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FORUMS Photography Talk by Genre Critique Corner 
Thread started 26 May 2020 (Tuesday) 17:24
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Beginner B&W landscapes

 
Teton
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May 26, 2020 17:24 |  #1

I have no idea how good or bad this photo is- I'd like critique on it, more from framing than post processing, of which I don't do much.


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rrblint
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May 26, 2020 22:03 |  #2

I like it! What should you do to make better? If you want to do some post work on it, try cropping it into a pano by cropping off about 2/3s of the grass in the foreground and 1/3 of the sky. This will bring the cattle closer to the viewer and IMHO improve the photo. Also you have a very dirty sensor. Clone out the spots in the sky and clean your sensor.


Mark

  
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dasmith232
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May 26, 2020 23:53 |  #3

Before I saw Mark's response, I was thinking nearly the exact same thing: vertical cropping and sensor dust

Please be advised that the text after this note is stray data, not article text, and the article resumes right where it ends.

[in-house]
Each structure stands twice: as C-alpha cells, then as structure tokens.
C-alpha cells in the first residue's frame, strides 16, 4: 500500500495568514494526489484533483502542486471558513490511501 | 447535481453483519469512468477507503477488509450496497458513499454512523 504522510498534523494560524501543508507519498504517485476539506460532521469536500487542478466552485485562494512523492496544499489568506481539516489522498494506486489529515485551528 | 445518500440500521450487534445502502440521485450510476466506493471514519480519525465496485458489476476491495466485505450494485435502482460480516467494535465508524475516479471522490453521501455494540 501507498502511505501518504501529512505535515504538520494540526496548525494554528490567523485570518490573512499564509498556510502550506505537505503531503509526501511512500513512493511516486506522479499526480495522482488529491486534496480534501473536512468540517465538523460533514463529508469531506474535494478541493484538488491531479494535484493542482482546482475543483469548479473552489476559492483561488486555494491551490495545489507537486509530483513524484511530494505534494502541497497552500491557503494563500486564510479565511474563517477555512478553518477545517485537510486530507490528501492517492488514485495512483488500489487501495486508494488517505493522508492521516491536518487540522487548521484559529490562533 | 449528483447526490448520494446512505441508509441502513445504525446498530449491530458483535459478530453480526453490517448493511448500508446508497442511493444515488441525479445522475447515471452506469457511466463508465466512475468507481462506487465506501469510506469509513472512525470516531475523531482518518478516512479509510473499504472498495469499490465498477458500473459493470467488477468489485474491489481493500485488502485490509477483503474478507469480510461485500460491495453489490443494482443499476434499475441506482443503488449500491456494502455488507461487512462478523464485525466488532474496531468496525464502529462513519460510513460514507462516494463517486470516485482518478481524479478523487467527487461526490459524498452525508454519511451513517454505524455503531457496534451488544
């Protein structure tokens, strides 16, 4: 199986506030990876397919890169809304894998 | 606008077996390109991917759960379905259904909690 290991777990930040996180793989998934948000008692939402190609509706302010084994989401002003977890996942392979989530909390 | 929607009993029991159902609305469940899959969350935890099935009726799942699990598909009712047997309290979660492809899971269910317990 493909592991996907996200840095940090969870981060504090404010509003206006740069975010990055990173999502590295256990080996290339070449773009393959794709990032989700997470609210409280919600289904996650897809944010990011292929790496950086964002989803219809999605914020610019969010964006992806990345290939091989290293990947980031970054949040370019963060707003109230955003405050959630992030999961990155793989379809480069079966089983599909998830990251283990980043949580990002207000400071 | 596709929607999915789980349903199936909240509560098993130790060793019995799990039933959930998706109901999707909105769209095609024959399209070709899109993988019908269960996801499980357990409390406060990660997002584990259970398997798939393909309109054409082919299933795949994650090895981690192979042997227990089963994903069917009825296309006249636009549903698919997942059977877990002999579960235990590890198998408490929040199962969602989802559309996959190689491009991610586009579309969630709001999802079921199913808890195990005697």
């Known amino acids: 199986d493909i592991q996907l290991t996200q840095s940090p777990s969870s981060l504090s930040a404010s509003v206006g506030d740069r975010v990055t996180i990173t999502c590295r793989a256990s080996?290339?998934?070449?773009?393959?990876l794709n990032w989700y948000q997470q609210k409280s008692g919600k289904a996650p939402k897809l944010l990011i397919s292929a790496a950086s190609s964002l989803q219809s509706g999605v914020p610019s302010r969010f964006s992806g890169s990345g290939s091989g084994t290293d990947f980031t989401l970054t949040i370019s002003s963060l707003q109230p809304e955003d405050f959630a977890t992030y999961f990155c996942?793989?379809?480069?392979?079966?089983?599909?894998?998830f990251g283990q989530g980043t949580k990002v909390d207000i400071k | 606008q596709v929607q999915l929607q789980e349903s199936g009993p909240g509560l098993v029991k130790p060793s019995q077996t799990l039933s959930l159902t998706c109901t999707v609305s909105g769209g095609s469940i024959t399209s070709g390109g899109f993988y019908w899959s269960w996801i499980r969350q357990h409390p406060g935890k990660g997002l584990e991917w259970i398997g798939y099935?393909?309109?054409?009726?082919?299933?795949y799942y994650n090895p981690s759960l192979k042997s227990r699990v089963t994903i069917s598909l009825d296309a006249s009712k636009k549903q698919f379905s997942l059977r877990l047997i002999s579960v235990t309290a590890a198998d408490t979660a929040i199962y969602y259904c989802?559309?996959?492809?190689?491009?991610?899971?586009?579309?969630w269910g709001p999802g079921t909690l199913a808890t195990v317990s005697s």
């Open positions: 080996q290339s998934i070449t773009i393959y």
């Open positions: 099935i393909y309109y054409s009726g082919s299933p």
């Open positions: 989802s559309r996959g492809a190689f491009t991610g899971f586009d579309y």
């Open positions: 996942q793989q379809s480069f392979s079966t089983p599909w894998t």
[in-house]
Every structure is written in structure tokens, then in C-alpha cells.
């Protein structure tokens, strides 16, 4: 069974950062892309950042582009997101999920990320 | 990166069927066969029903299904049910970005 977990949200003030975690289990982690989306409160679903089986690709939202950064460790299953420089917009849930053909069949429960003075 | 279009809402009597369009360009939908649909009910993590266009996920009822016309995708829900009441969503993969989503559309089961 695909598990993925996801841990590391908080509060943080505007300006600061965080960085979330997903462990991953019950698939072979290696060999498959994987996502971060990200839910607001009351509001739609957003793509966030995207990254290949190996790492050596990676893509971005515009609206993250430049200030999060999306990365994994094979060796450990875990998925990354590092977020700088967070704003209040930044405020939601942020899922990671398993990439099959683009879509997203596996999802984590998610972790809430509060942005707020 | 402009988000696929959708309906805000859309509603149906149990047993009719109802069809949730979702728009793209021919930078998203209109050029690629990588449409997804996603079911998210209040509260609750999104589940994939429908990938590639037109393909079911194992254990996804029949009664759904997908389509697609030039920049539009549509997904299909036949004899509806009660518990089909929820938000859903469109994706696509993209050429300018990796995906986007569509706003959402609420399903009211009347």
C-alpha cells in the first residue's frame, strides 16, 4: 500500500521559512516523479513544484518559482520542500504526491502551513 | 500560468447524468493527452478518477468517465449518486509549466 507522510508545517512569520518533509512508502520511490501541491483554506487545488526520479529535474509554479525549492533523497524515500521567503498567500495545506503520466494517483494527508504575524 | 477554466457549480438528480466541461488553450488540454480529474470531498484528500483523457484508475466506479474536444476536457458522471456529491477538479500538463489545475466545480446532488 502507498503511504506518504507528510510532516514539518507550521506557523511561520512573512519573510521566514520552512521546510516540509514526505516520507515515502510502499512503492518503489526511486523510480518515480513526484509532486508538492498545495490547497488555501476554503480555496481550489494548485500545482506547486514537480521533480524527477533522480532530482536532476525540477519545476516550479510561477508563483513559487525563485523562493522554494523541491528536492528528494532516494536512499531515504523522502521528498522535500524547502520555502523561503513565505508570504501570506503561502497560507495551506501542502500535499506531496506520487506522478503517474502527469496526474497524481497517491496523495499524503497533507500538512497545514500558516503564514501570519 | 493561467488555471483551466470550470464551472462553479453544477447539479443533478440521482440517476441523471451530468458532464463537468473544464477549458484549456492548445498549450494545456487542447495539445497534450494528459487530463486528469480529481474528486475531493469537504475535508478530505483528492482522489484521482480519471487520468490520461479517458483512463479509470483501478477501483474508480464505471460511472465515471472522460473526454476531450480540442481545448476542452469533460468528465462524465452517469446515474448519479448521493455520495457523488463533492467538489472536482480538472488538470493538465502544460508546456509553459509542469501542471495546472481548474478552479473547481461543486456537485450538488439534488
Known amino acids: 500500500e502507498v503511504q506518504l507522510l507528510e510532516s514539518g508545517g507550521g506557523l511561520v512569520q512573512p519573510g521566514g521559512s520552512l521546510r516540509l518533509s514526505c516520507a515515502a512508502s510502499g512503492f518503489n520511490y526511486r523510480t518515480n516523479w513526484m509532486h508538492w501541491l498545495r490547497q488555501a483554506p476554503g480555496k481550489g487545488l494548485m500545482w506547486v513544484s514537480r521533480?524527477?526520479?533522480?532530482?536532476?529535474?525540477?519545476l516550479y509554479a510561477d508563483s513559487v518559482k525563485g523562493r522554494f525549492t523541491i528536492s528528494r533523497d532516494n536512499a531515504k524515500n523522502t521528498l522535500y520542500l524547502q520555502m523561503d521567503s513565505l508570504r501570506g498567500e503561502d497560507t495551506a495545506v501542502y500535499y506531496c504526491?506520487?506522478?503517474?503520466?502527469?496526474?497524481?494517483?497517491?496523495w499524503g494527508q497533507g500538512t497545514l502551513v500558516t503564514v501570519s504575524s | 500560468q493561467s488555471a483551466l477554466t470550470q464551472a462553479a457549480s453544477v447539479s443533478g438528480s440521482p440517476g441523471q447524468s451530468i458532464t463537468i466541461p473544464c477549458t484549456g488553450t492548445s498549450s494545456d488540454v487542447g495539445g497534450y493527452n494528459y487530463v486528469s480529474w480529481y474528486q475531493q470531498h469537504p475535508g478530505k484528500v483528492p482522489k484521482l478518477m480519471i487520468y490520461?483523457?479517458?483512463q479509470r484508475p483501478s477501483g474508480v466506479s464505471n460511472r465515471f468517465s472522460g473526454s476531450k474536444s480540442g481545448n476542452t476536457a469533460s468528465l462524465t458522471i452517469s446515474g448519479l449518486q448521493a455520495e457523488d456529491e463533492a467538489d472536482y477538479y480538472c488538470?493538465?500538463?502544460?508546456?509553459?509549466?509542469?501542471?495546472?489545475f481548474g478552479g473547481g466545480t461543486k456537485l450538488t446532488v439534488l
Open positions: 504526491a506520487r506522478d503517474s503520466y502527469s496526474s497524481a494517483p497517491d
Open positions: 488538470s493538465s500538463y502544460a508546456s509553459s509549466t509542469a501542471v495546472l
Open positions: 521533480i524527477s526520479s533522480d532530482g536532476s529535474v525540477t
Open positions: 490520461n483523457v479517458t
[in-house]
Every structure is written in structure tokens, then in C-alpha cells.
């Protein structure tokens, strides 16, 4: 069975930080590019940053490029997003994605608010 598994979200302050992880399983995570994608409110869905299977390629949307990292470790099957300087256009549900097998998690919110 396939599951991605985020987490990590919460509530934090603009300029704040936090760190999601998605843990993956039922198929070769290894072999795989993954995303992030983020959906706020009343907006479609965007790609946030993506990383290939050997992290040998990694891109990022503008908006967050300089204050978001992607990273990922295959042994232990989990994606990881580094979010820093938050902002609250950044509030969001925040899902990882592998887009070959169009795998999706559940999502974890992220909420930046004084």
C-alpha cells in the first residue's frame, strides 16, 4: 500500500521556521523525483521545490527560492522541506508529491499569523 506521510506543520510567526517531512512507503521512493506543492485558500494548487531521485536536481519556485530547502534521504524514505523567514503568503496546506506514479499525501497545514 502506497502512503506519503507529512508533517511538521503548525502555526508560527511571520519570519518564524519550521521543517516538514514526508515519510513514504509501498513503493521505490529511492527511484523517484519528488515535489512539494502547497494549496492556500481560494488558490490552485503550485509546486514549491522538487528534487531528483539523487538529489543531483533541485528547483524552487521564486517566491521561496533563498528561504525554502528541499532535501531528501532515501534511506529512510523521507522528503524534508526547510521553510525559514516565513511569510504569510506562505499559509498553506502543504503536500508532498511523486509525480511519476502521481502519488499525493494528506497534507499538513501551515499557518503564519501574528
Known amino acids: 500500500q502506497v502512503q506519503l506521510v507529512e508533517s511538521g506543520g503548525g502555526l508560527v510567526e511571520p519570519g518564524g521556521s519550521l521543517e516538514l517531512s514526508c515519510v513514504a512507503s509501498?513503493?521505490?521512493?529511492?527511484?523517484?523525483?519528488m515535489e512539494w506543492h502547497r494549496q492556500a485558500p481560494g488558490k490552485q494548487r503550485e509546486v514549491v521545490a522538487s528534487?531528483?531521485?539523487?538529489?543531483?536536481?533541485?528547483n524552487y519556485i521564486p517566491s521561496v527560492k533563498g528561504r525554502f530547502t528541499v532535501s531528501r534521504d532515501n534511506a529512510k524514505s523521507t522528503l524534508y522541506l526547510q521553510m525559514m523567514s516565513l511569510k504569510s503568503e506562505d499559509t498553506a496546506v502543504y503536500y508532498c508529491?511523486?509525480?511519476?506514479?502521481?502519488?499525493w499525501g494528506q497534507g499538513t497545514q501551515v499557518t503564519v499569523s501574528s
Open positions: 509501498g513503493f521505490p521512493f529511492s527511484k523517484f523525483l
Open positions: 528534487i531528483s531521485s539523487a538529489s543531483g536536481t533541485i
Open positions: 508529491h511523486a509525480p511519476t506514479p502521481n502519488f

Adding one item, I think the width could be cropped as well. The right edge of the picture doesn't add much (in my opinion). Also, by cropping so that the cattle reach the edges of the frame, then the viewer gets more of a sense that they could extend well beyond the edges and who knows how far. When there is dead space horizontally, the viewer sees and feels that the subject(s) have ended. Of course, this all depends on your intent in what you wanted to capture.


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tuttifrutti
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May 27, 2020 03:25 |  #4

Exactly the same as the other 2 posters. This screams pano to me. That would put more emphasis on the interesting parts (the cattle and the mountains)


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Croasdail
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May 27, 2020 10:54 |  #5

Agree with the above comments. It needs to be trimmed down, the sky is adding little to the image, and it seems to be lacking a subject. Even landscapes need a subject.




  
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mannetti21
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May 31, 2020 12:30 |  #6

rrblint wrote in post #19069612 (external link)
I like it! What should you do to make better? If you want to do some post work on it, try cropping it into a pano by cropping off about 2/3s of the grass in the foreground and 1/3 of the sky. This will bring the cattle closer to the viewer and IMHO improve the photo. Also you have a very dirty sensor. Clone out the spots in the sky and clean your sensor.

Exactly what I was thinking as soon as I saw the photo. That would give you a technically "correct" photo, but I would use that as your starting point. Sometimes correct is boring.